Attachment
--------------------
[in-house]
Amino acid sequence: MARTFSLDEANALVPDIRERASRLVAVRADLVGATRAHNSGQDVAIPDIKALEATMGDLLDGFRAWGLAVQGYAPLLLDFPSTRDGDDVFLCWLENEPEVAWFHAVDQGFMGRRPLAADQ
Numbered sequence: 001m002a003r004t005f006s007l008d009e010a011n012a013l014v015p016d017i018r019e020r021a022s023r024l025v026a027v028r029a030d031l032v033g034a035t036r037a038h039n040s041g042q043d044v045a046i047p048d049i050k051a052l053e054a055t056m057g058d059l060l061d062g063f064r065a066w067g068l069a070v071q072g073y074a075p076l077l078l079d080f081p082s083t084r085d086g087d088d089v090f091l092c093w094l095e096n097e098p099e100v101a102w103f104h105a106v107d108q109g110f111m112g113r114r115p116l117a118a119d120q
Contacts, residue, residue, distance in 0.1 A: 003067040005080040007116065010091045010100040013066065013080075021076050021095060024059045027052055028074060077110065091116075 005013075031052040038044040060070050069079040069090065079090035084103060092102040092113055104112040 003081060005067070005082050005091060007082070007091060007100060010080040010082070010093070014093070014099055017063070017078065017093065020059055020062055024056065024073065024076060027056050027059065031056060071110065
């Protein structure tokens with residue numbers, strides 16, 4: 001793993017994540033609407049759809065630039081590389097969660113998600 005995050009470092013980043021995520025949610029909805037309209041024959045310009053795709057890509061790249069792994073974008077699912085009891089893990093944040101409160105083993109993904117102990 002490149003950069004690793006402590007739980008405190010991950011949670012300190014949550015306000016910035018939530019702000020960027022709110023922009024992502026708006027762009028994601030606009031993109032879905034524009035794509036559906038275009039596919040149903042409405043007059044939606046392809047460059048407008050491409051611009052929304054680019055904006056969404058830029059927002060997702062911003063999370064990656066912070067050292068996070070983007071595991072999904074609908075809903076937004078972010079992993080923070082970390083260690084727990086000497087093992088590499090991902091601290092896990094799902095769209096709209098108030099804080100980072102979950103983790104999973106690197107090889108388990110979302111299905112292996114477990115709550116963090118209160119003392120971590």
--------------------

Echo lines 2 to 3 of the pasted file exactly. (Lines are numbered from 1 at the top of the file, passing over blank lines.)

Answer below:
Amino acid sequence: MARTFSLDEANALVPDIRERASRLVAVRADLVGATRAHNSGQDVAIPDIKALEATMGDLLDGFRAWGLAVQGYAPLLLDFPSTRDGDDVFLCWLENEPEVAWFHAVDQGFMGRRPLAADQ
Numbered sequence: 001m002a003r004t005f006s007l008d009e010a011n012a013l014v015p016d017i018r019e020r021a022s023r024l025v026a027v028r029a030d031l032v033g034a035t036r037a038h039n040s041g042q043d044v045a046i047p048d049i050k051a052l053e054a055t056m057g058d059l060l061d062g063f064r065a066w067g068l069a070v071q072g073y074a075p076l077l078l079d080f081p082s083t084r085d086g087d088d089v090f091l092c093w094l095e096n097e098p099e100v101a102w103f104h105a106v107d108q109g110f111m112g113r114r115p116l117a118a119d120q